How You Measure The Surgical Checklist Determines What You Find

By:  DMKashmer MD MBA MBB FACS (@DavidKashmer)

 

Have you ever wondered how a measurement system affects your conclusions? There are several ways we’ve mentioned that the type of data you choose affects a great deal about your quality improvement project. In this entry, let’s talk more about how your setup for measuring a certain quality endpoint determines, in part, what you find…and more importantly, perhaps, how you respond.

 

The Type Of Data You Collect Affects What You Can Learn

 

Remember, previously, we discussed discrete versus continuous data. Discrete data, we mentioned, is data that is categorical, such as yes/no, go/stop, black/white, or red/yellow/green. This type of data has some advantages including that it can be rapid to collect. However, we also described that discrete data comes with several drawbacks.

 

First, discrete data often requires a much larger sample size to demonstrate significant change. Look here. Remember the simplified equation for discrete sample data size:

 

p(1-p)(2/delta)^2

 

where p = the probability of some event, and delta is the smallest change you would like to be able to detect.

 

So, let’s pretend we wanted to detect a 10% (or greater) improvement in some feature of our program, which is currently performing at a rate of 40% of such-and-such. We would need sample size:  (0.40)(0.60)(2/0.10)^2, or 96 samples.

 

Continuous Data Require A Smaller Sample Size

 

Continuous data, by contrast, requires a much smaller sample size to show meaningful change. Look at the simplified continuous data sample size equation here:

 

(2 [standard deviation] / delta)^2

 

This is an important distinction between discrete and continuous data and, in part, can play a large role in what conclusions we draw from our quality improvement project.  Let’s investigate with an example.

 

A Cautionary Fairy Tale

 

Once upon a time there was a Department of Surgery that wanted to improve its usage of a surgical checklist. The team believed this would help keep patients safe in their surgical system. The team decided to use discrete data.

 

If a checklist was missing any element at all (and there were lots) it was called “not adequate”.  If it was complete from head to toe, 100%, then it would count as “adequate”. The team collected data on its current performance and found that only 40% of checklists were adequate . The teams target goal was 100%.

 

Using the discrete data formula, the team set up a sample that (at best) would allow them to detect only changes of 10% or larger. That was going to require a sample size of 96 per the simplified discrete data formula above.

 

The team made interesting changes to their system. For example, they made changes so that the surgeon would need to be present on check-in for the patient, and they made other changes to patient flow that they felt would result in improved checklist compliance.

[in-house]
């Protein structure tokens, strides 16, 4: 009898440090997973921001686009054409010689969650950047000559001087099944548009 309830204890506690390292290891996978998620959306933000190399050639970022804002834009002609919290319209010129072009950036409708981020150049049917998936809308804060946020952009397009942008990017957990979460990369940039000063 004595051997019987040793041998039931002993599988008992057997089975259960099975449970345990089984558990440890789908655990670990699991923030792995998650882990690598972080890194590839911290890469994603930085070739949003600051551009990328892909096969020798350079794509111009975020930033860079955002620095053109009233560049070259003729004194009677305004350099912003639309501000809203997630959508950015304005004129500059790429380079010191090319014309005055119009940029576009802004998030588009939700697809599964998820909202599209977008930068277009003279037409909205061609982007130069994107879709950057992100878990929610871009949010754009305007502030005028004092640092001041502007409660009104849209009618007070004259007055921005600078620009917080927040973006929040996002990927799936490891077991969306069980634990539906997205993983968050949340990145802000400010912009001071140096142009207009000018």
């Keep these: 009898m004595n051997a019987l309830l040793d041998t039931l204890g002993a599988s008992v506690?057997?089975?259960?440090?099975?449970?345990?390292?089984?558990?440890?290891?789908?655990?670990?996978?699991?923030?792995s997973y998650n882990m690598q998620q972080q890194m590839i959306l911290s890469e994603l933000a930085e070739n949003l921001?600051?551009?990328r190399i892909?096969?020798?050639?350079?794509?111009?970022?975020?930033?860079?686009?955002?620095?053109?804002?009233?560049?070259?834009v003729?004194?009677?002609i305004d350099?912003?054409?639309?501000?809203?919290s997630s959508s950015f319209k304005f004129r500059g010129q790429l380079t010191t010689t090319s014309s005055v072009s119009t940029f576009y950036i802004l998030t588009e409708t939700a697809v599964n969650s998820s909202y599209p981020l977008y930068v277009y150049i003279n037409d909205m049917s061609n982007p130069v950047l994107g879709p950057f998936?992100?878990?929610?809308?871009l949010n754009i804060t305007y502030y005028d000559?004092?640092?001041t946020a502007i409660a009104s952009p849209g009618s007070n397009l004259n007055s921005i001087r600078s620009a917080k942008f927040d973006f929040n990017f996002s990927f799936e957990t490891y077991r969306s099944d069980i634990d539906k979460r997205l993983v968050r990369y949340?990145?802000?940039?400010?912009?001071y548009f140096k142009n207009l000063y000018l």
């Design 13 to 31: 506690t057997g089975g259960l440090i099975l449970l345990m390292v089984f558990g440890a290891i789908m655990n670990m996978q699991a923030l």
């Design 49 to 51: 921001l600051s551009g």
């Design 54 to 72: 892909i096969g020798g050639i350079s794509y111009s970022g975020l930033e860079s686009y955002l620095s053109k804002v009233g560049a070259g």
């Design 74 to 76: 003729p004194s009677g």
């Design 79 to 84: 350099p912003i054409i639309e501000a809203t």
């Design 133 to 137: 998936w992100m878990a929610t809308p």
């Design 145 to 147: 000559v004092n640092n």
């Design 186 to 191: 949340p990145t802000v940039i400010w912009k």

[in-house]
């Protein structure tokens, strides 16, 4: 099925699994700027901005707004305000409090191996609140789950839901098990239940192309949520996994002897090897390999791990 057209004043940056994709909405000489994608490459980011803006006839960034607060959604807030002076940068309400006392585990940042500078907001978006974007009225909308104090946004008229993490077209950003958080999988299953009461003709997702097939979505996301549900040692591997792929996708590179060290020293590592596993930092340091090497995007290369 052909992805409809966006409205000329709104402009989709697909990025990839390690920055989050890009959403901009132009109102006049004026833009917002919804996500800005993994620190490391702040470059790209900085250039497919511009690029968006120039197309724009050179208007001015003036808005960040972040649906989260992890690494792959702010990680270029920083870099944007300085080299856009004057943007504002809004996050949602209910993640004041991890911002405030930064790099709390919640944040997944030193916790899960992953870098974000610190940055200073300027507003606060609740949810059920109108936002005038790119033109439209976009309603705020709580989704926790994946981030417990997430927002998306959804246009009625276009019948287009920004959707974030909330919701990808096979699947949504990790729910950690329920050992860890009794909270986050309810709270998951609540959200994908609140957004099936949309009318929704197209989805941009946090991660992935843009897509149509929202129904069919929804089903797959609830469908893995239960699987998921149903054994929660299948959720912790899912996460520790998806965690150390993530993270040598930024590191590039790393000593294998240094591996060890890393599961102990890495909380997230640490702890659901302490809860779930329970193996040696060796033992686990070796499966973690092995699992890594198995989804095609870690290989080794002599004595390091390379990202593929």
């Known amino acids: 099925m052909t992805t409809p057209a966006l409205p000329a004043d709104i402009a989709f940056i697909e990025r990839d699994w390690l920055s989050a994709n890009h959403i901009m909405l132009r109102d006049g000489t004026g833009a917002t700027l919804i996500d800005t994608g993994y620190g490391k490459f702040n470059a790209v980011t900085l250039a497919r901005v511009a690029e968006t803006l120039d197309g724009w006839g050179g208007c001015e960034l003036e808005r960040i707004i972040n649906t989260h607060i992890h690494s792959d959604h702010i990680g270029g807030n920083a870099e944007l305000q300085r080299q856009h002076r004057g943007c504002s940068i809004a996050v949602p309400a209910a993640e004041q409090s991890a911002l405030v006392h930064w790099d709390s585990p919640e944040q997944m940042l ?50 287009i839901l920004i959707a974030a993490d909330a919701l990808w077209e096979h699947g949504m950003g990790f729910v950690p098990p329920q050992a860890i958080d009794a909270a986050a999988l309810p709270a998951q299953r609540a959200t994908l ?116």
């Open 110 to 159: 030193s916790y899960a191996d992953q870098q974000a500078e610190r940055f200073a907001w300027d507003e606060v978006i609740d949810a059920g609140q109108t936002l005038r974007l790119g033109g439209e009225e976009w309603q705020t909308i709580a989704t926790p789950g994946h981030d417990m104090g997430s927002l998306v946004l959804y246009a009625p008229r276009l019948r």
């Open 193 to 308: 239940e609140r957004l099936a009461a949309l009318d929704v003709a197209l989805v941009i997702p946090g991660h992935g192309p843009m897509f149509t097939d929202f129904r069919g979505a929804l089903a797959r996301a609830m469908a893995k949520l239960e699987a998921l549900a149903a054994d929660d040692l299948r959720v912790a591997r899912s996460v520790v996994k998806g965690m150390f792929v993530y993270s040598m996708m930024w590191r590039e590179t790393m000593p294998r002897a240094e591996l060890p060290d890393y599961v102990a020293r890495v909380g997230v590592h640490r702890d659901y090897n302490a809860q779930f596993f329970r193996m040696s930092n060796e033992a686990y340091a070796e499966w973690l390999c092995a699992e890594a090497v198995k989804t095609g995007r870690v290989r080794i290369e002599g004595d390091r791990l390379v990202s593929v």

Weeks later, the team recollected its data to discover how much things had improved. Experientially, the team saw many more checklists being utilized and there was significantly more participation. Much more of the checklist was being completed, per observations, each time.  The team felt that there was going to be significant improvement in the checklists and was excited to re-collect the data. Unfortunately, when the team used their numbers in statistical testing, there was no significant improvement in checklist utilization. Why was that?

 

This resulted because the team had utilized discrete data. Anything other than complete checklist utilization counted in the “not adequate” bin and so was counted against them. So, even if checklists were much more complete than they ever had been (and that seemed to be so), anything less than perfection would still count against the percentage of complete (“adequate”) checklists. Because they used discrete data in that way, they were unable to demonstrate significant improvement based on their numbers. They were disappointed and, more importantly, they had actually made great strides.

 

What options did the team have?  Why, they could have developed a continuous data endpoint on checklist completion.  How?  Look here.  This would have required a smaller sample size and may have shown meaningful improvement more easily.

 

A Take-Home Message

 

So remember:  discrete data can limit your ability to demonstrate meaningful change in several important ways. Continuous data, by contrast, can allow teams like the checklist team above to demonstrate significant improvement even if checklists are still not quite 100% complete. For your next quality improvement project, make sure you choose carefully whether you want discrete data endpoints or continuous data end points, and recognize how your choice can greatly impact your ability to draw meaningful conclusions as well as your chance of celebrating meaningful change.

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